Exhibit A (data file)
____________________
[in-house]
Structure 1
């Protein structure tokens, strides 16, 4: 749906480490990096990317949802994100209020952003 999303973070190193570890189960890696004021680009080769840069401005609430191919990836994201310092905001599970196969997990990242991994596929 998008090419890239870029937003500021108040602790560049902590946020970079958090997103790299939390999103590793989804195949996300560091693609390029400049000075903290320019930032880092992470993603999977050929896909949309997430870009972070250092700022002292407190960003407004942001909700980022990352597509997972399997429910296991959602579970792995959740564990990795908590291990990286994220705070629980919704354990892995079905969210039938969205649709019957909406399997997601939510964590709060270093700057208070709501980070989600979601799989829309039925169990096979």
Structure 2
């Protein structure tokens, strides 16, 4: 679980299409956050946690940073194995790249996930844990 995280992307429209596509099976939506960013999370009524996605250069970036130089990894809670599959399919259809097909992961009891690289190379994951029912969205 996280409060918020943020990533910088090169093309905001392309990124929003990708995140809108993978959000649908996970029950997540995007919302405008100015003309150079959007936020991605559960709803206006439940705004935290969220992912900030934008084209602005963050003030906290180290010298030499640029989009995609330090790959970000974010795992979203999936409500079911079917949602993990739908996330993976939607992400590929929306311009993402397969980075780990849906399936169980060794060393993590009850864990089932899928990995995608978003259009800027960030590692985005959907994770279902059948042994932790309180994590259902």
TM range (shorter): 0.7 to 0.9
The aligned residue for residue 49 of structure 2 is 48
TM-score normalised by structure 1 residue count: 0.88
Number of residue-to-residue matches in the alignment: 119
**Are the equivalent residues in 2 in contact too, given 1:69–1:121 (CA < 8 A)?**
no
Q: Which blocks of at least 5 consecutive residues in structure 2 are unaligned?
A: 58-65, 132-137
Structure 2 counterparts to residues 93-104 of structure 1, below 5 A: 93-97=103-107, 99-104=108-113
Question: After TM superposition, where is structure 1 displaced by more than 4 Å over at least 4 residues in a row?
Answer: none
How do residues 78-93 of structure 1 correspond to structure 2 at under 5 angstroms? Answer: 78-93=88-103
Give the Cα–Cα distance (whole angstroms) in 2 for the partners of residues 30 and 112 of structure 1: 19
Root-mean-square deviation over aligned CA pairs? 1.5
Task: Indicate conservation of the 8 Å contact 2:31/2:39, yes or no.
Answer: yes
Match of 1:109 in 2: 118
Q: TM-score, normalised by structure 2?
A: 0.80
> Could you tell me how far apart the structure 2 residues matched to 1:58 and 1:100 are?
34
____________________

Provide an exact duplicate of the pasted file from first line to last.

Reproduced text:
[in-house]
Structure 1
């Protein structure tokens, strides 16, 4: 749906480490990096990317949802994100209020952003 999303973070190193570890189960890696004021680009080769840069401005609430191919990836994201310092905001599970196969997990990242991994596929 998008090419890239870029937003500021108040602790560049902590946020970079958090997103790299939390999103590793989804195949996300560091693609390029400049000075903290320019930032880092992470993603999977050929896909949309997430870009972070250092700022002292407190960003407004942001909700980022990352597509997972399997429910296991959602579970792995959740564990990795908590291990990286994220705070629980919704354990892995079905969210039938969205649709019957909406399997997601939510964590709060270093700057208070709501980070989600979601799989829309039925169990096979």
Structure 2
């Protein structure tokens, strides 16, 4: 679980299409956050946690940073194995790249996930844990 995280992307429209596509099976939506960013999370009524996605250069970036130089990894809670599959399919259809097909992961009891690289190379994951029912969205 996280409060918020943020990533910088090169093309905001392309990124929003990708995140809108993978959000649908996970029950997540995007919302405008100015003309150079959007936020991605559960709803206006439940705004935290969220992912900030934008084209602005963050003030906290180290010298030499640029989009995609330090790959970000974010795992979203999936409500079911079917949602993990739908996330993976939607992400590929929306311009993402397969980075780990849906399936169980060794060393993590009850864990089932899928990995995608978003259009800027960030590692985005959907994770279902059948042994932790309180994590259902």
TM range (shorter): 0.7 to 0.9
The aligned residue for residue 49 of structure 2 is 48
TM-score normalised by structure 1 residue count: 0.88
Number of residue-to-residue matches in the alignment: 119
**Are the equivalent residues in 2 in contact too, given 1:69–1:121 (CA < 8 A)?**
no
Q: Which blocks of at least 5 consecutive residues in structure 2 are unaligned?
A: 58-65, 132-137
Structure 2 counterparts to residues 93-104 of structure 1, below 5 A: 93-97=103-107, 99-104=108-113
Question: After TM superposition, where is structure 1 displaced by more than 4 Å over at least 4 residues in a row?
Answer: none
How do residues 78-93 of structure 1 correspond to structure 2 at under 5 angstroms? Answer: 78-93=88-103
Give the Cα–Cα distance (whole angstroms) in 2 for the partners of residues 30 and 112 of structure 1: 19
Root-mean-square deviation over aligned CA pairs? 1.5
Task: Indicate conservation of the 8 Å contact 2:31/2:39, yes or no.
Answer: yes
Match of 1:109 in 2: 118
Q: TM-score, normalised by structure 2?
A: 0.80
> Could you tell me how far apart the structure 2 residues matched to 1:58 and 1:100 are?
34